Even in times where everyone is talking about cloud storage, tape drives are still important storage devices. On the one hand, the magnetic tapes used by them are pretty inexpensive (price per terabyte), on the other hand, tape drives are very robust and reliable devices.
Nevertheless, tape drives also have some disadvantages: since tapes can only be read and written sequentially (at least when using Backup Exec) you can only write one data stream at a time to them.
If a tape drive is in use by a job in Backup Exec and another job starts that requires the same drive, it is queued until the first job finishes and the device is released.
In addition to this, magnetic tapes need quite a long positioning time to find a dedicated file on them.
While a file written to a hard disk can be approached within milliseconds, it may take multiple minutes of fast forwarding a tape to find the same file.
Another disadvantage of tape drives is that they can only write with a defined speed.
If the data stream is interrupted during a write operation, the tape drive has to stop, reposition the tape and wait for the buffers to fill up again before it can continue writing to the tape again. This process needs quite some time which will increase the overall backup time window, if it happens too often. Therefore it is important to design the whole backup environment to be able to keep the tape drive(s) in streaming mode.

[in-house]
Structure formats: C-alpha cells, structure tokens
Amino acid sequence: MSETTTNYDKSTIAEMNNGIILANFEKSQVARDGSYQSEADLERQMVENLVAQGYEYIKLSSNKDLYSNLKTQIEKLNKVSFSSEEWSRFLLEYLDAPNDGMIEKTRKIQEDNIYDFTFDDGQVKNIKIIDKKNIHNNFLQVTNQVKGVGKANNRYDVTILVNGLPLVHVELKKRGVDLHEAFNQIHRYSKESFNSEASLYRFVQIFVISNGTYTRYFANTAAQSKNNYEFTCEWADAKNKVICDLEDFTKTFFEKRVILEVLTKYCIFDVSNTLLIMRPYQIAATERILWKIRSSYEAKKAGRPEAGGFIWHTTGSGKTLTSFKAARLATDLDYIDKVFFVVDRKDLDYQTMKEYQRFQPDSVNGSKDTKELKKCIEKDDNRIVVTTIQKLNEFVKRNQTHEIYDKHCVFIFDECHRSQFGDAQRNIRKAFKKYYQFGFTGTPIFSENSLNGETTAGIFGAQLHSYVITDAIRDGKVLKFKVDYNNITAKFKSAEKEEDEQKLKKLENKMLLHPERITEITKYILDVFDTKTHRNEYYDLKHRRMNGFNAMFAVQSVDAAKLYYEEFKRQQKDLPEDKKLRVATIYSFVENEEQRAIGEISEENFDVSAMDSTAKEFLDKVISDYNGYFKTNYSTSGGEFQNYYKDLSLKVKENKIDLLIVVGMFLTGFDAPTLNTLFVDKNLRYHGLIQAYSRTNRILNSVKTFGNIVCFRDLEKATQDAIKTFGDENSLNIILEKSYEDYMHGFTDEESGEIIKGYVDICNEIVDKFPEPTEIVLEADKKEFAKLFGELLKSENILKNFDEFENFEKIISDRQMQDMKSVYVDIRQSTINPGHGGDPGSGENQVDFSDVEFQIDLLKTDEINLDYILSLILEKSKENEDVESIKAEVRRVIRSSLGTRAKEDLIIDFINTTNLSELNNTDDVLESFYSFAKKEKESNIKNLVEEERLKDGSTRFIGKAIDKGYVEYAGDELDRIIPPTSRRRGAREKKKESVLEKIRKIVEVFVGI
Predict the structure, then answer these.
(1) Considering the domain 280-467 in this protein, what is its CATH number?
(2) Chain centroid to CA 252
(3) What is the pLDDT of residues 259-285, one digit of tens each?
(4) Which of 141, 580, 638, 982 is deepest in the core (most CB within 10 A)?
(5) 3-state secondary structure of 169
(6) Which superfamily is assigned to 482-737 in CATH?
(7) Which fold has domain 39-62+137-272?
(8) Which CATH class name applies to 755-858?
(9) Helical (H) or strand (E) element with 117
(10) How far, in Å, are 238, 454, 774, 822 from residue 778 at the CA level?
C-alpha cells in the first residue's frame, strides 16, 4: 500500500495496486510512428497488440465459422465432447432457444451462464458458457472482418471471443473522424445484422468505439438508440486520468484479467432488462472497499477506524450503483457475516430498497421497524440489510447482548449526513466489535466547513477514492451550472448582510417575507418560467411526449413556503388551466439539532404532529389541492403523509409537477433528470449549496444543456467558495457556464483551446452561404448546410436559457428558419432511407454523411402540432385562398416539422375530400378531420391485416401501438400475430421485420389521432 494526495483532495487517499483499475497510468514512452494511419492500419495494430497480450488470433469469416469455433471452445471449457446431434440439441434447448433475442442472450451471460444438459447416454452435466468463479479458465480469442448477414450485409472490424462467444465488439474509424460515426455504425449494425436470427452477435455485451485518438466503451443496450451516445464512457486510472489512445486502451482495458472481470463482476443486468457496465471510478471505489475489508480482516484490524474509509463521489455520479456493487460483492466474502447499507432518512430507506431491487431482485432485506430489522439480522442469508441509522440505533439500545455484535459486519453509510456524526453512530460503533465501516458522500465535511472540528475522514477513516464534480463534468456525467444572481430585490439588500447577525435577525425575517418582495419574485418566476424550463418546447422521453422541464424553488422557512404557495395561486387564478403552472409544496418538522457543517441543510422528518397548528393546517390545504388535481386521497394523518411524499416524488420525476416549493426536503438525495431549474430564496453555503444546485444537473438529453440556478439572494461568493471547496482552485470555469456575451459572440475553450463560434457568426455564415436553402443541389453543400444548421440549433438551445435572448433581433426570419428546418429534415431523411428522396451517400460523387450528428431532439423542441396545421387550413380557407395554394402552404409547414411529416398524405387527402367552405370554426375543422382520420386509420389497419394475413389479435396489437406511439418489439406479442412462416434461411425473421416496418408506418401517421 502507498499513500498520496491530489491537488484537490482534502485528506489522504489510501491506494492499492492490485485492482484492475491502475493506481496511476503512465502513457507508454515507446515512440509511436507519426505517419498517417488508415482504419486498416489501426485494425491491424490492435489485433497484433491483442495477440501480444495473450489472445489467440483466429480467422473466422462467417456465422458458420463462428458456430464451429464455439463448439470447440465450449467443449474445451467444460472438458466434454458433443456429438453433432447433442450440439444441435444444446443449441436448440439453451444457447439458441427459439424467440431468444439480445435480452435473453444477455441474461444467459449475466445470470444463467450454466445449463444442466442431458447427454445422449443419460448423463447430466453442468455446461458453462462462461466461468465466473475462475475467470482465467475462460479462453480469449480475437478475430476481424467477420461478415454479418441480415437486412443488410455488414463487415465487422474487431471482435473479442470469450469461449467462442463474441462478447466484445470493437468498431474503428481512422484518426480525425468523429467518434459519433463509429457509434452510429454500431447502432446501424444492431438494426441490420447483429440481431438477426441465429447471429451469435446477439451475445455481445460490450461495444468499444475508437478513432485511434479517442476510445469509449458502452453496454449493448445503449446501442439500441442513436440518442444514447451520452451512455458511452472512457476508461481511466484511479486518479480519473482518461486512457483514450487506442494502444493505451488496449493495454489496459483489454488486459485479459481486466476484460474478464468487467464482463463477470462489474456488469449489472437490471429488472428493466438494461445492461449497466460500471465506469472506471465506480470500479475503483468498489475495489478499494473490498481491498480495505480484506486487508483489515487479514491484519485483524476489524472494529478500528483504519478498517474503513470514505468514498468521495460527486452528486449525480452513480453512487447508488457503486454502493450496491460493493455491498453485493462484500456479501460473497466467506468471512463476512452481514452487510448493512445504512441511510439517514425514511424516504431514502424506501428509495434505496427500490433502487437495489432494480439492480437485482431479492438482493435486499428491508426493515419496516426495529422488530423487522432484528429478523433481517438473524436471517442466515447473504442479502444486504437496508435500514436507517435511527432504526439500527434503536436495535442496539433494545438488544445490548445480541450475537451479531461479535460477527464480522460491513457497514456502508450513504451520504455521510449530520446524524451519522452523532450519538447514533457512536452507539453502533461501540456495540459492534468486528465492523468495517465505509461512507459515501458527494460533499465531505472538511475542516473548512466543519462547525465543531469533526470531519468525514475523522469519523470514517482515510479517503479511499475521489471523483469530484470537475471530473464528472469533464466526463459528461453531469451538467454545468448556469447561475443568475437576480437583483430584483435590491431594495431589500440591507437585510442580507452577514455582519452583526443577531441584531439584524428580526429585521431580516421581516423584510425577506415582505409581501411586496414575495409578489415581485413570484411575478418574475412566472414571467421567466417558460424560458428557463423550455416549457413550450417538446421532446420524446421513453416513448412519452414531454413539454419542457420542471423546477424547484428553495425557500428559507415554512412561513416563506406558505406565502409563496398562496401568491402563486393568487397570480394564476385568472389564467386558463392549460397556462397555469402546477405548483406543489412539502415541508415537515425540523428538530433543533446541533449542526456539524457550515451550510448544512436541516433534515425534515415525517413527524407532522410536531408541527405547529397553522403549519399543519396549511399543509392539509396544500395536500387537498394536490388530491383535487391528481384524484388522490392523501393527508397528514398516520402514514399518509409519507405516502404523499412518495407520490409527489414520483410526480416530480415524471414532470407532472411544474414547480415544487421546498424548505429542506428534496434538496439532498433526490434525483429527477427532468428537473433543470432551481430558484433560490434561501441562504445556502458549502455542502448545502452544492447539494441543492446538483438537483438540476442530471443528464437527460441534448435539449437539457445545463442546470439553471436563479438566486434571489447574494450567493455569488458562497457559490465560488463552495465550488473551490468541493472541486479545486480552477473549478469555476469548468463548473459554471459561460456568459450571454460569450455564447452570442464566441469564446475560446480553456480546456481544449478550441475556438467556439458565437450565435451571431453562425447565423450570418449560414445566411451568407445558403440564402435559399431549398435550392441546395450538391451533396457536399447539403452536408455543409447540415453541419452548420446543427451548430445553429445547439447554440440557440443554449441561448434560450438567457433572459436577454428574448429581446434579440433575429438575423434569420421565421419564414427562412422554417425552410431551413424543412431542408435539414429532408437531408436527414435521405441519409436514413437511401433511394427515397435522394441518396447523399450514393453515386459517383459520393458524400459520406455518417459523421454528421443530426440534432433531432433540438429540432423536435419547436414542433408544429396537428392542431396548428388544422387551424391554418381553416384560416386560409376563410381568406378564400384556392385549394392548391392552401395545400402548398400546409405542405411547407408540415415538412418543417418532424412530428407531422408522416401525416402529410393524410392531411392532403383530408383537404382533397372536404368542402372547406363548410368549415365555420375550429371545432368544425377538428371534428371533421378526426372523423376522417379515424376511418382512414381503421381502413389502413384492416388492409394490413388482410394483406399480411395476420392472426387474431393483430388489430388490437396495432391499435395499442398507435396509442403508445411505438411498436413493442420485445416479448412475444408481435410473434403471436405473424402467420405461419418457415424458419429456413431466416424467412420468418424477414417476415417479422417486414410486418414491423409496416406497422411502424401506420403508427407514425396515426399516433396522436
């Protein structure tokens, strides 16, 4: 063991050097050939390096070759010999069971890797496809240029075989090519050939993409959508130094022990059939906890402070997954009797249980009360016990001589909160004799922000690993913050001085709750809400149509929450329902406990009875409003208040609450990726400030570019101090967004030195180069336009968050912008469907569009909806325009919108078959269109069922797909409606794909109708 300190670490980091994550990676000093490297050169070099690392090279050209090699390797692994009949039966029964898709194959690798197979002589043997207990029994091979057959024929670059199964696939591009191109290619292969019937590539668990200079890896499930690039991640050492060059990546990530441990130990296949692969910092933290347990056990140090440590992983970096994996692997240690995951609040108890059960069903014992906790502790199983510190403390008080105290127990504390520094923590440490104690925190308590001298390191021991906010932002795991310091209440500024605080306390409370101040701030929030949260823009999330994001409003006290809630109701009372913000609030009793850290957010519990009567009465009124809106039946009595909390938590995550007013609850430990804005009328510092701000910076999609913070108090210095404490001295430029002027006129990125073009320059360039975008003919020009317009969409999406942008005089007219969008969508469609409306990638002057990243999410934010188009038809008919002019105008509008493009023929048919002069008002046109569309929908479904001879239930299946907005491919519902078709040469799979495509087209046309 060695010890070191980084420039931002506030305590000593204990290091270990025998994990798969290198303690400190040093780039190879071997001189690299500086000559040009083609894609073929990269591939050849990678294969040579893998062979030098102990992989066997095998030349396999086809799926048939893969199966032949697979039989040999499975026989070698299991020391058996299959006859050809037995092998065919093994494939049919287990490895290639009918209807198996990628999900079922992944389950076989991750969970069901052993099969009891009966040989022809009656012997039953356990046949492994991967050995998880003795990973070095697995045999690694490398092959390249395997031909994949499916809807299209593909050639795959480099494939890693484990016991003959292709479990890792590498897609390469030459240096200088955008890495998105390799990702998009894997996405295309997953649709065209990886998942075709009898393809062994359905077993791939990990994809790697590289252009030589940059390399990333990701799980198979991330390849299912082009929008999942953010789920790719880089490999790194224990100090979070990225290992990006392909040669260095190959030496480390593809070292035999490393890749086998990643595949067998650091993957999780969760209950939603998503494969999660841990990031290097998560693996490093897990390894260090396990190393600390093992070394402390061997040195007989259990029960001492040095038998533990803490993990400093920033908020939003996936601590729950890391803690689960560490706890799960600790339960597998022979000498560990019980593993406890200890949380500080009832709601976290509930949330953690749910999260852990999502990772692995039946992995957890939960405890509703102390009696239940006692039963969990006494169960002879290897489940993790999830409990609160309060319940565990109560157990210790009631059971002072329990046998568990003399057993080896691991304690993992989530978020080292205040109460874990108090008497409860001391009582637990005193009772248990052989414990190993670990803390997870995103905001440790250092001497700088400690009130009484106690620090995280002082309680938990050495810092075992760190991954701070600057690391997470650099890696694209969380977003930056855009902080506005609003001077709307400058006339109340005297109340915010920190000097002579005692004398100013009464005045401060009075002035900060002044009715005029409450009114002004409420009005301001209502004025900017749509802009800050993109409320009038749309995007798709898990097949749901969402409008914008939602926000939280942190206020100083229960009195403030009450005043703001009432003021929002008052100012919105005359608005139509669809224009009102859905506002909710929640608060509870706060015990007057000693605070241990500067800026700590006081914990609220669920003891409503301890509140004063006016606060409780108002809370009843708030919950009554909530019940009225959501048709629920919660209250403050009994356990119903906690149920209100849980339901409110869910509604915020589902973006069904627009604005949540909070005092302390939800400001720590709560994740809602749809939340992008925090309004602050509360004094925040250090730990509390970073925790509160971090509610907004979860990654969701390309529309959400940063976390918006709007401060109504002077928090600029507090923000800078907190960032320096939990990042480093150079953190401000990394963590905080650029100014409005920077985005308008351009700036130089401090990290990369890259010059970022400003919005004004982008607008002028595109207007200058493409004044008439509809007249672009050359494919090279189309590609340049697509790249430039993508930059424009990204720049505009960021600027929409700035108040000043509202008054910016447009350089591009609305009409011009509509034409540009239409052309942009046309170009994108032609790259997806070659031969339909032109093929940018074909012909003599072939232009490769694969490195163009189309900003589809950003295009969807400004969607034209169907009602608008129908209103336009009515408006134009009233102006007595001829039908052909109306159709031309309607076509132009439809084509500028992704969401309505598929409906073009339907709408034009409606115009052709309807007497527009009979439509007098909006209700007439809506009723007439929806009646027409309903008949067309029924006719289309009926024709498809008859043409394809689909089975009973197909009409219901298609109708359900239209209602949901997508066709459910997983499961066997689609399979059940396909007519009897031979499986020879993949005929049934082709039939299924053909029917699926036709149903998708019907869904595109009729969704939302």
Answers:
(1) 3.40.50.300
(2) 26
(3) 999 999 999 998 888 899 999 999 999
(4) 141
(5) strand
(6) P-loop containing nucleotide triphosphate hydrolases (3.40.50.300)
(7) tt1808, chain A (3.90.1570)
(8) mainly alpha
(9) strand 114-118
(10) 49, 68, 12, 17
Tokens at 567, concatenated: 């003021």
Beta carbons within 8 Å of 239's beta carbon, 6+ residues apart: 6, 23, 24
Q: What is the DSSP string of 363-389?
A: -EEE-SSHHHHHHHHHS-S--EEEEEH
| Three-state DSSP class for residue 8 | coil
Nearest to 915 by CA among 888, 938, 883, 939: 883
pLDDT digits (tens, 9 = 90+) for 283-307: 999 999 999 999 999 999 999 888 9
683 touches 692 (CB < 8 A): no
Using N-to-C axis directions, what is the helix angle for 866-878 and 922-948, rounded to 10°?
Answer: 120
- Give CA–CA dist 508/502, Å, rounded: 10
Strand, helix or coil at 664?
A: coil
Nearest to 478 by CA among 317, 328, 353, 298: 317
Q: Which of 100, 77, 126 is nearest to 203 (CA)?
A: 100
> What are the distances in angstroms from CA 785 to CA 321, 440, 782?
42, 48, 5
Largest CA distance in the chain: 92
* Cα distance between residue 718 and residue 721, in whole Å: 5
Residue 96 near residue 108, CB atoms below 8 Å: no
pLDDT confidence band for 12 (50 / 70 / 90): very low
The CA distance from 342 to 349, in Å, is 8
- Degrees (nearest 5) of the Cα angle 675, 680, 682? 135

In many environments it’s better to use a tape library with two LTO 5 drives than one with a single LTO 6 drive, because the LTO 6 drive will not run in streaming mode, because the environment cannot deliver the data fast enough.
Of course, there is the opportunity to use a backup-to-disk storage locally attached to the backup server in order to cache the data before it is written to tape, but I only recommend this, if the disk-based backup is seen as the primary backup and tape is just an offsite copy.